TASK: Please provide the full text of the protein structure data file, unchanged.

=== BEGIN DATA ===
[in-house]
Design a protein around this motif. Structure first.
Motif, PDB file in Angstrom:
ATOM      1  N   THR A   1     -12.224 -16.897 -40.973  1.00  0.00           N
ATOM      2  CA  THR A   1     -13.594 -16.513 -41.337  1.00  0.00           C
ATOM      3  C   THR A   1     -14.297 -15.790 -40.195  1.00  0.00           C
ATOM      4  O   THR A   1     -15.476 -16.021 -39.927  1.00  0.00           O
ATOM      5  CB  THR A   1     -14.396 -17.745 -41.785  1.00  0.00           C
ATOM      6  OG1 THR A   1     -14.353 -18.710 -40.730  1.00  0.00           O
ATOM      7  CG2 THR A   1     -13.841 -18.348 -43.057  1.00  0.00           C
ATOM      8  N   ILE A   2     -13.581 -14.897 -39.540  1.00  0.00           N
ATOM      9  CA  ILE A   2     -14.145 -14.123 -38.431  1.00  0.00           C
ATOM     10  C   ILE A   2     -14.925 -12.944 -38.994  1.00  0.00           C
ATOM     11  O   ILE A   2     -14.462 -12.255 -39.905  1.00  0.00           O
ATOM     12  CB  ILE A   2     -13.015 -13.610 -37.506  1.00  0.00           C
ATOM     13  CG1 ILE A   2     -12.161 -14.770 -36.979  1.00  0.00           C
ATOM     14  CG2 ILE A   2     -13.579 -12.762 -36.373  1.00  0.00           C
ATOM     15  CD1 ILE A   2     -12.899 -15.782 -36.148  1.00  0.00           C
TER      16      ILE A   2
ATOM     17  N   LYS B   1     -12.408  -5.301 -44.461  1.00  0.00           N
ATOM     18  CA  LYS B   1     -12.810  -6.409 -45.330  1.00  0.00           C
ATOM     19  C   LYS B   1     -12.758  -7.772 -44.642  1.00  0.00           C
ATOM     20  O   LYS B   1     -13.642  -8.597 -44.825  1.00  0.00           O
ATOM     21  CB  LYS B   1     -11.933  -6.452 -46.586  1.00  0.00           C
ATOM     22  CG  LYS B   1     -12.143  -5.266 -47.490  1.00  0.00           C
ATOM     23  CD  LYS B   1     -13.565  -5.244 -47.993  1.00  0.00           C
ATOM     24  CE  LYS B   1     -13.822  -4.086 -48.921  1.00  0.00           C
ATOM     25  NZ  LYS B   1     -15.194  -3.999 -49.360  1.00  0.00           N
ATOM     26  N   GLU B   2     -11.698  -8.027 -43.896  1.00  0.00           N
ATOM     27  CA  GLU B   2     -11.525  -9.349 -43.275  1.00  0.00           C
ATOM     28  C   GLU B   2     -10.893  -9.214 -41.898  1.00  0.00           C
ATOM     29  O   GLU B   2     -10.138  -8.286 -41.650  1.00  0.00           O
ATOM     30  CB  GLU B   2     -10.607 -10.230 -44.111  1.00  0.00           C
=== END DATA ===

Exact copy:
[in-house]
Design a protein around this motif. Structure first.
Motif, PDB file in Angstrom:
ATOM      1  N   THR A   1     -12.224 -16.897 -40.973  1.00  0.00           N
ATOM      2  CA  THR A   1     -13.594 -16.513 -41.337  1.00  0.00           C
ATOM      3  C   THR A   1     -14.297 -15.790 -40.195  1.00  0.00           C
ATOM      4  O   THR A   1     -15.476 -16.021 -39.927  1.00  0.00           O
ATOM      5  CB  THR A   1     -14.396 -17.745 -41.785  1.00  0.00           C
ATOM      6  OG1 THR A   1     -14.353 -18.710 -40.730  1.00  0.00           O
ATOM      7  CG2 THR A   1     -13.841 -18.348 -43.057  1.00  0.00           C
ATOM      8  N   ILE A   2     -13.581 -14.897 -39.540  1.00  0.00           N
ATOM      9  CA  ILE A   2     -14.145 -14.123 -38.431  1.00  0.00           C
ATOM     10  C   ILE A   2     -14.925 -12.944 -38.994  1.00  0.00           C
ATOM     11  O   ILE A   2     -14.462 -12.255 -39.905  1.00  0.00           O
ATOM     12  CB  ILE A   2     -13.015 -13.610 -37.506  1.00  0.00           C
ATOM     13  CG1 ILE A   2     -12.161 -14.770 -36.979  1.00  0.00           C
ATOM     14  CG2 ILE A   2     -13.579 -12.762 -36.373  1.00  0.00           C
ATOM     15  CD1 ILE A   2     -12.899 -15.782 -36.148  1.00  0.00           C
TER      16      ILE A   2
ATOM     17  N   LYS B   1     -12.408  -5.301 -44.461  1.00  0.00           N
ATOM     18  CA  LYS B   1     -12.810  -6.409 -45.330  1.00  0.00           C
ATOM     19  C   LYS B   1     -12.758  -7.772 -44.642  1.00  0.00           C
ATOM     20  O   LYS B   1     -13.642  -8.597 -44.825  1.00  0.00           O
ATOM     21  CB  LYS B   1     -11.933  -6.452 -46.586  1.00  0.00           C
ATOM     22  CG  LYS B   1     -12.143  -5.266 -47.490  1.00  0.00           C
ATOM     23  CD  LYS B   1     -13.565  -5.244 -47.993  1.00  0.00           C
ATOM     24  CE  LYS B   1     -13.822  -4.086 -48.921  1.00  0.00           C
ATOM     25  NZ  LYS B   1     -15.194  -3.999 -49.360  1.00  0.00           N
ATOM     26  N   GLU B   2     -11.698  -8.027 -43.896  1.00  0.00           N
ATOM     27  CA  GLU B   2     -11.525  -9.349 -43.275  1.00  0.00           C
ATOM     28  C   GLU B   2     -10.893  -9.214 -41.898  1.00  0.00           C
ATOM     29  O   GLU B   2     -10.138  -8.286 -41.650  1.00  0.00           O
ATOM     30  CB  GLU B   2     -10.607 -10.230 -44.111  1.00  0.00           C